China mulls five-year visas to attract overseas talent
China plans to issue multiple-entry five year visas to attract high-skilled foreign professionals to broaden its technological base.
Beijing: China plans to issue multiple-entry five year visas to attract high-skilled foreign professionals to broaden its technological base.
Foreign talent will soon be eligible for China visas valid for up to five years, according to a draft regulation, official media here reported.
The draft was released by the Legislative Affairs Office of the State Council on Friday, and public opinion is being sought for a month.
It states that China will grant two new types of visa, R1 and R2, for foreign professionals. Both types will be granted to foreign talent and professionals at senior level that the country urgently needs, state-run China Daily reported.
A R1 visa will come with residency rights, while a R2 visa will allow multiple entry and exits.
Liu Guofu, an immigration law specialist at the Beijing Institute of Technology, said R1 visa holders can apply for a residence permit for up to five years, while a R2 visa will allow professionals to stay in China for 180 days at a time.
The regulation will be implemented under the Exit and Entry Administration Law, which takes effect in July.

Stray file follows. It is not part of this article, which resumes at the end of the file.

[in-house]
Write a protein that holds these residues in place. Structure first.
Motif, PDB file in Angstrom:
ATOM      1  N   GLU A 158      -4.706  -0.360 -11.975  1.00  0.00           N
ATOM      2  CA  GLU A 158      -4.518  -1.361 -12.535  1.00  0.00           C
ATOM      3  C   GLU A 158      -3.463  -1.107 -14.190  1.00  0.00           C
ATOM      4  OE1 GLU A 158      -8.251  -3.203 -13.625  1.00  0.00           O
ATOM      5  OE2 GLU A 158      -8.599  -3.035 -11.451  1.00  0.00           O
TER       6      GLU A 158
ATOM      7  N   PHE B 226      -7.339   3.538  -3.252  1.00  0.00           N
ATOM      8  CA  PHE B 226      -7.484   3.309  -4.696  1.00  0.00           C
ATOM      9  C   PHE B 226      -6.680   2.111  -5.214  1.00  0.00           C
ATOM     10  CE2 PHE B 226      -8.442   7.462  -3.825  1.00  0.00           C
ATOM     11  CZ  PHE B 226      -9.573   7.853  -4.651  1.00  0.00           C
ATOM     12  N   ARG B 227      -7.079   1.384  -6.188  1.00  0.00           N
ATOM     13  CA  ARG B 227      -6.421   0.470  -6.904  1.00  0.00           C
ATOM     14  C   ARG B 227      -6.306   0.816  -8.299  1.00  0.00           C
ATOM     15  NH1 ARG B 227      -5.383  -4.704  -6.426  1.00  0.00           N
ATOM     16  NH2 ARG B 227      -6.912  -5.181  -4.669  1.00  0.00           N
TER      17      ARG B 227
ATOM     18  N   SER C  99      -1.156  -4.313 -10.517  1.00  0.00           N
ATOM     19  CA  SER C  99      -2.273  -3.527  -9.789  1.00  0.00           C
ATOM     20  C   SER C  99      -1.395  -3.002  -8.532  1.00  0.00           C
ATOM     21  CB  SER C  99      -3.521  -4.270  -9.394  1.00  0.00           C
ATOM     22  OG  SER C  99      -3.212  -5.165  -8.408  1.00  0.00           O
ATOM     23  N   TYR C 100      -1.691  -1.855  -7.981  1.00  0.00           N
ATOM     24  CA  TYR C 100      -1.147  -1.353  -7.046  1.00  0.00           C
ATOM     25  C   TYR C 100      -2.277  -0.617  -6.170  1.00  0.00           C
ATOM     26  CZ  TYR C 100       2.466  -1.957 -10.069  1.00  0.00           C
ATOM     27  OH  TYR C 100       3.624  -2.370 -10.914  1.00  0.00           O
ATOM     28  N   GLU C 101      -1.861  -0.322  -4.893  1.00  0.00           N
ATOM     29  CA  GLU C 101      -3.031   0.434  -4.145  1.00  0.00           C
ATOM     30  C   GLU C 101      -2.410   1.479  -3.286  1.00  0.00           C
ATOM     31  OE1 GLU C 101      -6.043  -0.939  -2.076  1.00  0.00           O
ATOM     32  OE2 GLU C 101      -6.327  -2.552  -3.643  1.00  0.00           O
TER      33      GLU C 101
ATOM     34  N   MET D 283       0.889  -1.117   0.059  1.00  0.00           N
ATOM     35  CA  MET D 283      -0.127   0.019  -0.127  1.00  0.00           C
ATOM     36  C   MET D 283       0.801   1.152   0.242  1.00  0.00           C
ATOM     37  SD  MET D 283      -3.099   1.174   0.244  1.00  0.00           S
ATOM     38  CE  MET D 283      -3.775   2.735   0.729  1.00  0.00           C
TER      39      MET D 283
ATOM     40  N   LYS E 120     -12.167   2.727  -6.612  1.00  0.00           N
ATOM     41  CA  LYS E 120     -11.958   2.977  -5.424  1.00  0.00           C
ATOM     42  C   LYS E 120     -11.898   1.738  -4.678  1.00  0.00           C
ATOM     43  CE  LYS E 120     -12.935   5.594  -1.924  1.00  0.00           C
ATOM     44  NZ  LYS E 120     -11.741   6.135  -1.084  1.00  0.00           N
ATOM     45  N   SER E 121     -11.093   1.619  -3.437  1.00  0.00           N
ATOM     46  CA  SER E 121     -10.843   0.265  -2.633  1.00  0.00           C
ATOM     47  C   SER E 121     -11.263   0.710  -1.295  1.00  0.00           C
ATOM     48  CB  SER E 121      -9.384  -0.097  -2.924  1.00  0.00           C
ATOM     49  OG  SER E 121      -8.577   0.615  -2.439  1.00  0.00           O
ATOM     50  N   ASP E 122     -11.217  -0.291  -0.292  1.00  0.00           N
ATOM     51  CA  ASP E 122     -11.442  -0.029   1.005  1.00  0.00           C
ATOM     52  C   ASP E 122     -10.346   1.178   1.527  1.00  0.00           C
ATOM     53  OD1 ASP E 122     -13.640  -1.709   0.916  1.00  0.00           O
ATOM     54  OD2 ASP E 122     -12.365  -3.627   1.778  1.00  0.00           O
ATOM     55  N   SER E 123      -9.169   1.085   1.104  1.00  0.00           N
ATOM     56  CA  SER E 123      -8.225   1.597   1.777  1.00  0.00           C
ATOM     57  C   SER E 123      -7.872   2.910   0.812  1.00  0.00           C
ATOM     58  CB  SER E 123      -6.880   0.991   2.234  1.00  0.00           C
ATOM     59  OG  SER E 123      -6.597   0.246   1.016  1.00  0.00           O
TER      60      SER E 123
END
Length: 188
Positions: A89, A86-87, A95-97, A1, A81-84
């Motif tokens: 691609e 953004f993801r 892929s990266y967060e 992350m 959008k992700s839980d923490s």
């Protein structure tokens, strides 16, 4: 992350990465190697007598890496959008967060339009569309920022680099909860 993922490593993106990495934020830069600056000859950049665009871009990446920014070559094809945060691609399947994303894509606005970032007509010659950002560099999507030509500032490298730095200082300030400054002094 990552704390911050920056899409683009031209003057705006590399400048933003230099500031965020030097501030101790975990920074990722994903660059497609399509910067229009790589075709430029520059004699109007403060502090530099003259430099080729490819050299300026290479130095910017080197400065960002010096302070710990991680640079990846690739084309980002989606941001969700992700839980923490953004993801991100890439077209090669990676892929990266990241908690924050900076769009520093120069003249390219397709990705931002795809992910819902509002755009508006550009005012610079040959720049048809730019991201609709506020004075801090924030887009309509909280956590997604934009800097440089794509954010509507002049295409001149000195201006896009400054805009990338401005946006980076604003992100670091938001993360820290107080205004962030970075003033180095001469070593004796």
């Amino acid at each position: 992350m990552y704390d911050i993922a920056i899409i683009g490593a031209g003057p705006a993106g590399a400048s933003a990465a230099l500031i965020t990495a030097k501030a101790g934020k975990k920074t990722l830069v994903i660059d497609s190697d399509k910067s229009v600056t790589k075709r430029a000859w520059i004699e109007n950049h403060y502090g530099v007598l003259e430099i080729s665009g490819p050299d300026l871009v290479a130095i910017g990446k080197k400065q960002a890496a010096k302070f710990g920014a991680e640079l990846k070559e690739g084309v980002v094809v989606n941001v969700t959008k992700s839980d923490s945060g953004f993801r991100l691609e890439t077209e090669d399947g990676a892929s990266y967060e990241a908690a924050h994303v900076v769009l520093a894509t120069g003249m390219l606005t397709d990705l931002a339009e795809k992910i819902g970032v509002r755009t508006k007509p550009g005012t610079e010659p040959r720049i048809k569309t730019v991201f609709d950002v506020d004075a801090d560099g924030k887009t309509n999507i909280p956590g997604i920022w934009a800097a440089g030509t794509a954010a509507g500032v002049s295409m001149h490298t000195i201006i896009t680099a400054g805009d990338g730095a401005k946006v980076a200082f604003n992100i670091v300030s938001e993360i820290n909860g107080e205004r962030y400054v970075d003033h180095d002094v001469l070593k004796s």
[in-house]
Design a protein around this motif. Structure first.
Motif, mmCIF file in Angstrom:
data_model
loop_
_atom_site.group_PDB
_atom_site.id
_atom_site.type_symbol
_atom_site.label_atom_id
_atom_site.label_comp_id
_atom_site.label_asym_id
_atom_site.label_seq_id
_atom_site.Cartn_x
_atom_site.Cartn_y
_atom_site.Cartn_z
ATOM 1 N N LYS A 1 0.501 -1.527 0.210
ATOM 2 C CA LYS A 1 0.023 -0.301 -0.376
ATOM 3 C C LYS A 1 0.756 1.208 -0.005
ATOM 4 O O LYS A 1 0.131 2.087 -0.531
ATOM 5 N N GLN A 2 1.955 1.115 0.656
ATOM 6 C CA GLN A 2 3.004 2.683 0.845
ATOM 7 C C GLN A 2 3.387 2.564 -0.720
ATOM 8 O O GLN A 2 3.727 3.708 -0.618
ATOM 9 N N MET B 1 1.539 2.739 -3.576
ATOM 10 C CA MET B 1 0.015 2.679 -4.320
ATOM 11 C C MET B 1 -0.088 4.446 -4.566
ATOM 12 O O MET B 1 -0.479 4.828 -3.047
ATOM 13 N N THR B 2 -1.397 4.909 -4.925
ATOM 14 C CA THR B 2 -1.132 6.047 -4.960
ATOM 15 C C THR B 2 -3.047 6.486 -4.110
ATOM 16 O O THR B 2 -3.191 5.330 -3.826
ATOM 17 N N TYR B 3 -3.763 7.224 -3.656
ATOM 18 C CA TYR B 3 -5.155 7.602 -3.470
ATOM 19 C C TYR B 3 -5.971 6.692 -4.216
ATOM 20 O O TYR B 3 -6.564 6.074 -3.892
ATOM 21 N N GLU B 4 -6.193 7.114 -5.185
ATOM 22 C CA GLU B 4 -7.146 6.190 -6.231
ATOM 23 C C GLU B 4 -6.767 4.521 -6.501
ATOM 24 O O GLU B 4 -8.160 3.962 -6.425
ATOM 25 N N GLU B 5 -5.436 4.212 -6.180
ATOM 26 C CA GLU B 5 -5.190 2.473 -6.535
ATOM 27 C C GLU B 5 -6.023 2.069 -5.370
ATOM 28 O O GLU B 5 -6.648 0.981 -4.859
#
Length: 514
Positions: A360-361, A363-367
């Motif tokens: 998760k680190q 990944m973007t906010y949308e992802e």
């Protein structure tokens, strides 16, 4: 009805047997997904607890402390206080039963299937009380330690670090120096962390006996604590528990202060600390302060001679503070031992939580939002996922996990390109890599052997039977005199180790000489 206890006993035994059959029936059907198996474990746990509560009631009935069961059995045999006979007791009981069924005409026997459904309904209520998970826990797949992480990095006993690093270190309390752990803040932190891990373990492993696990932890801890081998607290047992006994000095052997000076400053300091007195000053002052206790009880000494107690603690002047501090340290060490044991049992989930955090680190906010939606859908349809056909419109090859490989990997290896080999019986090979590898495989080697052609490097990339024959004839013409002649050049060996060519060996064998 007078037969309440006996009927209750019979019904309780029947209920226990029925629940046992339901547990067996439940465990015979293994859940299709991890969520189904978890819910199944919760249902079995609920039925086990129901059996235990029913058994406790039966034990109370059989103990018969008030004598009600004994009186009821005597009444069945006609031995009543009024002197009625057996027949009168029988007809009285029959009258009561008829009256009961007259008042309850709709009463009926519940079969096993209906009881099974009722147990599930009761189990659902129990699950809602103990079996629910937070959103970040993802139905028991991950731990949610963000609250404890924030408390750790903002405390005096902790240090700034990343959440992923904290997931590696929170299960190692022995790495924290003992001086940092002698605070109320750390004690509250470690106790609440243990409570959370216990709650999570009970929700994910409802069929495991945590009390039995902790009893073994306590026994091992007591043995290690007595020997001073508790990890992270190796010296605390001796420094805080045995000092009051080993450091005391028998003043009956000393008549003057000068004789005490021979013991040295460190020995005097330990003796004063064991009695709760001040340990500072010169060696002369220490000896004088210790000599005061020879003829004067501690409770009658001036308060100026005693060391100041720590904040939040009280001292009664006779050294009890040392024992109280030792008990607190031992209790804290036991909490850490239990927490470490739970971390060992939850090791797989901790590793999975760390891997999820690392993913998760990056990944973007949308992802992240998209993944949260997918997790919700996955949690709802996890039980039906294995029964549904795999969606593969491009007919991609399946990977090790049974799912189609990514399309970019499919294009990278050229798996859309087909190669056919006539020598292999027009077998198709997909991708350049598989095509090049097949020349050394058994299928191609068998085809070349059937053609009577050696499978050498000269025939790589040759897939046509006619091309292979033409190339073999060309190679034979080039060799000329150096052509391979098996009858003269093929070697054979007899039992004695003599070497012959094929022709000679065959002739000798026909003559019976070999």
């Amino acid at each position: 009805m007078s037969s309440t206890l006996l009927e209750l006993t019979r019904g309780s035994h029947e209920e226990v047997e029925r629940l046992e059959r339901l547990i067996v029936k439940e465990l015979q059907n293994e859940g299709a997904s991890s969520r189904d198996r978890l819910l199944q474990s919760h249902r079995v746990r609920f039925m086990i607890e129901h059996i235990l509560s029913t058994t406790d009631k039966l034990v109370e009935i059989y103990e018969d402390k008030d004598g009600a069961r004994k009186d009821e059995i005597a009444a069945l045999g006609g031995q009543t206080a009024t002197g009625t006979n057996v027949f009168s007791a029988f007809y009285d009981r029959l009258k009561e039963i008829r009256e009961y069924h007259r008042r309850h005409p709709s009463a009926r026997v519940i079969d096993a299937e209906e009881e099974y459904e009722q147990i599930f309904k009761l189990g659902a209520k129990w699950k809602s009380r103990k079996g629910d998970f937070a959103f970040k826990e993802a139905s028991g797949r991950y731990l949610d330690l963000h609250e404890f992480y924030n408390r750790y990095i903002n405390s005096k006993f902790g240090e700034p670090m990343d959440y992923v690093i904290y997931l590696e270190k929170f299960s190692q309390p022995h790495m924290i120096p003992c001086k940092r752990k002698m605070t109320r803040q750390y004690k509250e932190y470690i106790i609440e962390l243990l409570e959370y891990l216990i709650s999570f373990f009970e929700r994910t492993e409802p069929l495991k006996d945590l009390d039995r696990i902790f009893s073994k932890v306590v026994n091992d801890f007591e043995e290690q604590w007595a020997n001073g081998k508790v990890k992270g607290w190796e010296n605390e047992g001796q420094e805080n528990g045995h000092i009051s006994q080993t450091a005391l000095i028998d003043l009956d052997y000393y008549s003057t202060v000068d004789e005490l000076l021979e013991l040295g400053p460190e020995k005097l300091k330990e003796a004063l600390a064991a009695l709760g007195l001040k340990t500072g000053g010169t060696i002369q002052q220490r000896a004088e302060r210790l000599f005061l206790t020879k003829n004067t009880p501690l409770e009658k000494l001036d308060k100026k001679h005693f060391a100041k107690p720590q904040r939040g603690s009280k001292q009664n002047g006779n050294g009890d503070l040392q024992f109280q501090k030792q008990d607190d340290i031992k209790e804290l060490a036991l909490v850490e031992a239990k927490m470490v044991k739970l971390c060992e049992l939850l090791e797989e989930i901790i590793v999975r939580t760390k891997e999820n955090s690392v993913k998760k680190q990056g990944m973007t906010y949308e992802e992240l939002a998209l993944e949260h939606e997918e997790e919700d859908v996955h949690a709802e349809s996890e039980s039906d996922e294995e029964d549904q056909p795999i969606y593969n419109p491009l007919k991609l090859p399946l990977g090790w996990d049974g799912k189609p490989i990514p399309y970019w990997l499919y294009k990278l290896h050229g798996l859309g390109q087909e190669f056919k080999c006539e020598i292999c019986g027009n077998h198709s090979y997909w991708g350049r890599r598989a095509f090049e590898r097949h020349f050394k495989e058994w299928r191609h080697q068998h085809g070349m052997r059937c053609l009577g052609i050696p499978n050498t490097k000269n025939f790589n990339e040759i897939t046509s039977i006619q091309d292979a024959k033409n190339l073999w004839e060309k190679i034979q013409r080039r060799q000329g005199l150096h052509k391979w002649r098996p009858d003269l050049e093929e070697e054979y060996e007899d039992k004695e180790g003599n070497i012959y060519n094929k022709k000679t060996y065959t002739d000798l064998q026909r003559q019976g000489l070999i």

Also China Ministry of Public Security is drawing up a draft regulation, under which foreigners who work in China for 10 consecutive years may be eligible for a "green card".
Visa holders should be experts recognised by provincial-level governments and above, and professionals that China urgently needs.
The new State Council regulation does not specify groups that China urgently needs and which are eligible for "talent visas".
But Liu said a draft in which ministerial departments had assessed feedback from specialists, shows they include candidates with management experience at leading multinationals, specialists in education and science-related fields, and renowned figures in culture and sport.
"The Ministry of Human Resources and Social Security or the State Administration of Foreign Experts Affairs may soon release the list of target groups," Liu said.
Wang Huiyao, director of the Centre for China and Globalization in Beijing, said the new visas will help attract overseas talent.
"The regulation will especially lure those who work in other countries but want to spend time working in China," he said.
Wang said that in the past China had focused a great deal on how to manage foreigners working in or visiting the country when making or amending visa-related laws and regulations.
But now the country is aiming to attract global talent by providing more convenient visa policies, like many other countries, including the United States.